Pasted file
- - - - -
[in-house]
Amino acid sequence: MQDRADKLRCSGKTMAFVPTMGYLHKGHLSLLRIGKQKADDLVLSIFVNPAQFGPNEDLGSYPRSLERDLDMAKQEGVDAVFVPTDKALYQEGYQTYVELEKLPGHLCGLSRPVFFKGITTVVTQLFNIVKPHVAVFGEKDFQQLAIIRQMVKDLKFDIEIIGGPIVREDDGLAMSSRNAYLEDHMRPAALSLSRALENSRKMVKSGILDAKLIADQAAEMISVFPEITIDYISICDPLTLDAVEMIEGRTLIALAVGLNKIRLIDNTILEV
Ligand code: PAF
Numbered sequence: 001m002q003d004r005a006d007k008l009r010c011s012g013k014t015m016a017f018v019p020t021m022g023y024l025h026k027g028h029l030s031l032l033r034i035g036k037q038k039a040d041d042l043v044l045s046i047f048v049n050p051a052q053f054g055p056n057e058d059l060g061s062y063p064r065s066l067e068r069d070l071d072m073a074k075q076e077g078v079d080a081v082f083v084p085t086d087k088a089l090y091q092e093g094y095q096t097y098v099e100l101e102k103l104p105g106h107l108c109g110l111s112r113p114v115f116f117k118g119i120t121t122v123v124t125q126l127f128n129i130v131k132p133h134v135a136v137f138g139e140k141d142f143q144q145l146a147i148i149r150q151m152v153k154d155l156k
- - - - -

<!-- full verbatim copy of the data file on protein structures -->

[in-house]
Amino acid sequence: MQDRADKLRCSGKTMAFVPTMGYLHKGHLSLLRIGKQKADDLVLSIFVNPAQFGPNEDLGSYPRSLERDLDMAKQEGVDAVFVPTDKALYQEGYQTYVELEKLPGHLCGLSRPVFFKGITTVVTQLFNIVKPHVAVFGEKDFQQLAIIRQMVKDLKFDIEIIGGPIVREDDGLAMSSRNAYLEDHMRPAALSLSRALENSRKMVKSGILDAKLIADQAAEMISVFPEITIDYISICDPLTLDAVEMIEGRTLIALAVGLNKIRLIDNTILEV
Ligand code: PAF
Numbered sequence: 001m002q003d004r005a006d007k008l009r010c011s012g013k014t015m016a017f018v019p020t021m022g023y024l025h026k027g028h029l030s031l032l033r034i035g036k037q038k039a040d041d042l043v044l045s046i047f048v049n050p051a052q053f054g055p056n057e058d059l060g061s062y063p064r065s066l067e068r069d070l071d072m073a074k075q076e077g078v079d080a081v082f083v084p085t086d087k088a089l090y091q092e093g094y095q096t097y098v099e100l101e102k103l104p105g106h107l108c109g110l111s112r113p114v115f116f117k118g119i120t121t122v123v124t125q126l127f128n129i130v131k132p133h134v135a136v137f138g139e140k141d142f143q144q145l146a147i148i149r150q151m152v153k154d155l156k